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3D Printed Evidence


3D Printed Evidence

3D Printing and the Law have always been strange bed partners; from Cody Wilson’s 3D printed gun to an array of intellectual property concerns and disputes. However, as it pertains to the practice of law, 3D printing can materialize ideas and forms to an extent which is unprecedented in legal practice. Subjects and ideas that were once difficult to relay to a jury have now been simplified tremendously. For example, imagine a 3D model of a gas thruster for a satellite in a patent infringement case that the jury can hold in their hands and pass around the box, viewing it from every angle. What was once incomprehensible for the average juror is now seen, felt and vividly understood. A single piece of evidence like that can mean the difference between a verdict and a loss.

The advantages of 3D printing are truly tangible. It helps juries relate to the facts that they’re presented with. The 3D aspect allows for greater spatial appreciation as opposed to cardboard cut outs, foam models, pictures, power points, or even animations. Having an exact replica that jury members can touch and hold in their own hands gives them a greater understanding and helps illuminate the case.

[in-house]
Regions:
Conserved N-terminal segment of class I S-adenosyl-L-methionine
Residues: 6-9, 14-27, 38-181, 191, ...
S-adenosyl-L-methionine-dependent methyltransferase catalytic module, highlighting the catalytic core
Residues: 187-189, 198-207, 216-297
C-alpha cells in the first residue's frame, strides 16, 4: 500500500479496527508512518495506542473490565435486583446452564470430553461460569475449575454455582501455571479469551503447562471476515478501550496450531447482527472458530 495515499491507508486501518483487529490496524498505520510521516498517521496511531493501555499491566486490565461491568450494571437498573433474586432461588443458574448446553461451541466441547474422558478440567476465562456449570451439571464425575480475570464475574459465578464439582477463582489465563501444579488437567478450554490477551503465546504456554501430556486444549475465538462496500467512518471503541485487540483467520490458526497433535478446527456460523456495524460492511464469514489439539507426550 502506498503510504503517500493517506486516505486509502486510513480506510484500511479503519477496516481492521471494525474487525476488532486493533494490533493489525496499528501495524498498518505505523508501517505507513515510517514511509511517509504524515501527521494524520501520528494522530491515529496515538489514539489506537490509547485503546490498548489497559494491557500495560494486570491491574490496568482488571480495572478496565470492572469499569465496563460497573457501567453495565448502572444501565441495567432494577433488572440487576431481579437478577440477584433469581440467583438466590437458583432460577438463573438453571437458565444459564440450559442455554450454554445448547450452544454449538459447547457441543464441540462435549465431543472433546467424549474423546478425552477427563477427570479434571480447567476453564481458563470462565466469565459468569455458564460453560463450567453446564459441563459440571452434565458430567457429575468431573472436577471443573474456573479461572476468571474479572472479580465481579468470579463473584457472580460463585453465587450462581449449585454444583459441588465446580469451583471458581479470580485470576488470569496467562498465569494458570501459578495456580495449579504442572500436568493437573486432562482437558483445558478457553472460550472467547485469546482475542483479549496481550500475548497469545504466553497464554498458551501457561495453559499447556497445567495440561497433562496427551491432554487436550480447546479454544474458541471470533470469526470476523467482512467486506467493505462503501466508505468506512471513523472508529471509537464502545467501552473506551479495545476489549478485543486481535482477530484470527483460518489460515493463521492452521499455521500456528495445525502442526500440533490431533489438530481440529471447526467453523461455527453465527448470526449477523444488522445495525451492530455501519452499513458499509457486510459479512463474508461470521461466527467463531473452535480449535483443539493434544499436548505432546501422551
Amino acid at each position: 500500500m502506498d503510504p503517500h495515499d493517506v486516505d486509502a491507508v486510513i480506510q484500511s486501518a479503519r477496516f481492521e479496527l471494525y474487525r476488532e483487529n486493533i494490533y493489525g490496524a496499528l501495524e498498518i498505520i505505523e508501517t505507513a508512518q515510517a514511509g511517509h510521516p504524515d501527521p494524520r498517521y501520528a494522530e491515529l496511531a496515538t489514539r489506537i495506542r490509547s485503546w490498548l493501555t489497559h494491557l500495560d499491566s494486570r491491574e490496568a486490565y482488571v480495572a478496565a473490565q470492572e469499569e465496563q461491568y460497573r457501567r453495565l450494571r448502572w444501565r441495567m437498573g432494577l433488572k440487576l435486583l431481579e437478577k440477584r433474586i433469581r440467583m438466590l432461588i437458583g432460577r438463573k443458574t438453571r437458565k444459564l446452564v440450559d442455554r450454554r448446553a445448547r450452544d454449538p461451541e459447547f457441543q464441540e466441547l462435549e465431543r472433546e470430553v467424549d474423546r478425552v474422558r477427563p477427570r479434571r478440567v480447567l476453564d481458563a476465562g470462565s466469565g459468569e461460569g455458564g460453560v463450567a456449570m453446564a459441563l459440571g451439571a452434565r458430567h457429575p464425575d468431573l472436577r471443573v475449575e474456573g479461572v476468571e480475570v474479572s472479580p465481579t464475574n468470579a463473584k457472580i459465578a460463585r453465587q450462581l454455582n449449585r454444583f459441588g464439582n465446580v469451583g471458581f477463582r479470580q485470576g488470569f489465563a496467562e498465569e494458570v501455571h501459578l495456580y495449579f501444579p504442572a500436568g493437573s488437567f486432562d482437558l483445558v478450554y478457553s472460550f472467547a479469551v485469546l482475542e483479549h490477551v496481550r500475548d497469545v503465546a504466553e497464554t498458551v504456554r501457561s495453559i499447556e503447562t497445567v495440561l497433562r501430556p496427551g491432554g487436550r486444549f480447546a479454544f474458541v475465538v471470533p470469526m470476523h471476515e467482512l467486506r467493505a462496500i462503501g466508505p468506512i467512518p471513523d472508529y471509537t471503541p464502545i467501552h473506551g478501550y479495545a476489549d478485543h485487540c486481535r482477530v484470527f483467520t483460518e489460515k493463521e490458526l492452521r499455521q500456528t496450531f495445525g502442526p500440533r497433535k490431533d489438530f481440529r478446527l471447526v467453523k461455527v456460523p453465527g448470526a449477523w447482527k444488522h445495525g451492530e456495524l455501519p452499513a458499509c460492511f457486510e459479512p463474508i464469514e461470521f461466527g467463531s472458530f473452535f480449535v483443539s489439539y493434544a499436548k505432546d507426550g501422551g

Josh Weinberger adds another dimension to Trial Presentations.

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Coming up in the Next issue of Digital Forensics Magazine

Coming up in Issue 39 on sale from February 2019:


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Vehicle Data Forensics on Unsupported Systems

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